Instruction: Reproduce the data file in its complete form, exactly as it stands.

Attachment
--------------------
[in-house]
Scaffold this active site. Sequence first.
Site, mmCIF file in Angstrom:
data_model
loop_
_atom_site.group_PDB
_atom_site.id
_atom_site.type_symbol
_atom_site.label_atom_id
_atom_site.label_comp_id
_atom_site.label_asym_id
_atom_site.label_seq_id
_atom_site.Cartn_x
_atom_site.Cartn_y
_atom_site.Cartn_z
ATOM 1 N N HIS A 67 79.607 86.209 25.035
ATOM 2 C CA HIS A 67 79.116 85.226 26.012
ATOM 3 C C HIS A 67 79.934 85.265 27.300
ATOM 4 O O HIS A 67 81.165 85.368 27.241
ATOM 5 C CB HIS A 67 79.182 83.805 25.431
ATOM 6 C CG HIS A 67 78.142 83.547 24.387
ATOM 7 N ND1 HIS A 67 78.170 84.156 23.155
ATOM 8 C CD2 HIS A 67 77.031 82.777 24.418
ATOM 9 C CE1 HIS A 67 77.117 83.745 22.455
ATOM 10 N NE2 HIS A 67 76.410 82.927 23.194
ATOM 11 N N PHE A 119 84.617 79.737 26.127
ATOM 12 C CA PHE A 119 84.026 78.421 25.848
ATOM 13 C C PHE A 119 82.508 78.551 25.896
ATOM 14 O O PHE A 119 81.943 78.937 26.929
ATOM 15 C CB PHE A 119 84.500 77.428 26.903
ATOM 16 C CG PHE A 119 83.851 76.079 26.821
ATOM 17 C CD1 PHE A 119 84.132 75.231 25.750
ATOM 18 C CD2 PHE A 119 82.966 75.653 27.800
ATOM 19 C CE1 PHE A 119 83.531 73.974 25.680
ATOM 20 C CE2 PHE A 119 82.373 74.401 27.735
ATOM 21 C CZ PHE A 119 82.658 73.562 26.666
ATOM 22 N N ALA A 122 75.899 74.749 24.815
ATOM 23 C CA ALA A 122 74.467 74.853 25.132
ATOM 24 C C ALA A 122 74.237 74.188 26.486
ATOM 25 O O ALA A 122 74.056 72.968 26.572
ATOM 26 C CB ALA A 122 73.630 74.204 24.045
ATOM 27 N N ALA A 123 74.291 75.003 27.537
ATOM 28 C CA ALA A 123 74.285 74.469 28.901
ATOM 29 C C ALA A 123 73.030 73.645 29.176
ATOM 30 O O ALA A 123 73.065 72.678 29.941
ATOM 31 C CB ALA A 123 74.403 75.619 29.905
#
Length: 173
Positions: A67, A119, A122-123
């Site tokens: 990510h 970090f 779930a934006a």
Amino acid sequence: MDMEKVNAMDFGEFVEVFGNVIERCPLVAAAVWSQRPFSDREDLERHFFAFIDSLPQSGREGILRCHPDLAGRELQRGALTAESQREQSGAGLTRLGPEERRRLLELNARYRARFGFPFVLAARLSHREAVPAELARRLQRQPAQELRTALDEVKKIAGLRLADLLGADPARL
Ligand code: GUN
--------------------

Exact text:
[in-house]
Scaffold this active site. Sequence first.
Site, mmCIF file in Angstrom:
data_model
loop_
_atom_site.group_PDB
_atom_site.id
_atom_site.type_symbol
_atom_site.label_atom_id
_atom_site.label_comp_id
_atom_site.label_asym_id
_atom_site.label_seq_id
_atom_site.Cartn_x
_atom_site.Cartn_y
_atom_site.Cartn_z
ATOM 1 N N HIS A 67 79.607 86.209 25.035
ATOM 2 C CA HIS A 67 79.116 85.226 26.012
ATOM 3 C C HIS A 67 79.934 85.265 27.300
ATOM 4 O O HIS A 67 81.165 85.368 27.241
ATOM 5 C CB HIS A 67 79.182 83.805 25.431
ATOM 6 C CG HIS A 67 78.142 83.547 24.387
ATOM 7 N ND1 HIS A 67 78.170 84.156 23.155
ATOM 8 C CD2 HIS A 67 77.031 82.777 24.418
ATOM 9 C CE1 HIS A 67 77.117 83.745 22.455
ATOM 10 N NE2 HIS A 67 76.410 82.927 23.194
ATOM 11 N N PHE A 119 84.617 79.737 26.127
ATOM 12 C CA PHE A 119 84.026 78.421 25.848
ATOM 13 C C PHE A 119 82.508 78.551 25.896
ATOM 14 O O PHE A 119 81.943 78.937 26.929
ATOM 15 C CB PHE A 119 84.500 77.428 26.903
ATOM 16 C CG PHE A 119 83.851 76.079 26.821
ATOM 17 C CD1 PHE A 119 84.132 75.231 25.750
ATOM 18 C CD2 PHE A 119 82.966 75.653 27.800
ATOM 19 C CE1 PHE A 119 83.531 73.974 25.680
ATOM 20 C CE2 PHE A 119 82.373 74.401 27.735
ATOM 21 C CZ PHE A 119 82.658 73.562 26.666
ATOM 22 N N ALA A 122 75.899 74.749 24.815
ATOM 23 C CA ALA A 122 74.467 74.853 25.132
ATOM 24 C C ALA A 122 74.237 74.188 26.486
ATOM 25 O O ALA A 122 74.056 72.968 26.572
ATOM 26 C CB ALA A 122 73.630 74.204 24.045
ATOM 27 N N ALA A 123 74.291 75.003 27.537
ATOM 28 C CA ALA A 123 74.285 74.469 28.901
ATOM 29 C C ALA A 123 73.030 73.645 29.176
ATOM 30 O O ALA A 123 73.065 72.678 29.941
ATOM 31 C CB ALA A 123 74.403 75.619 29.905
#
Length: 173
Positions: A67, A119, A122-123
């Site tokens: 990510h 970090f 779930a934006a």
Amino acid sequence: MDMEKVNAMDFGEFVEVFGNVIERCPLVAAAVWSQRPFSDREDLERHFFAFIDSLPQSGREGILRCHPDLAGRELQRGALTAESQREQSGAGLTRLGPEERRRLLELNARYRARFGFPFVLAARLSHREAVPAELARRLQRQPAQELRTALDEVKKIAGLRLADLLGADPARL
Ligand code: GUN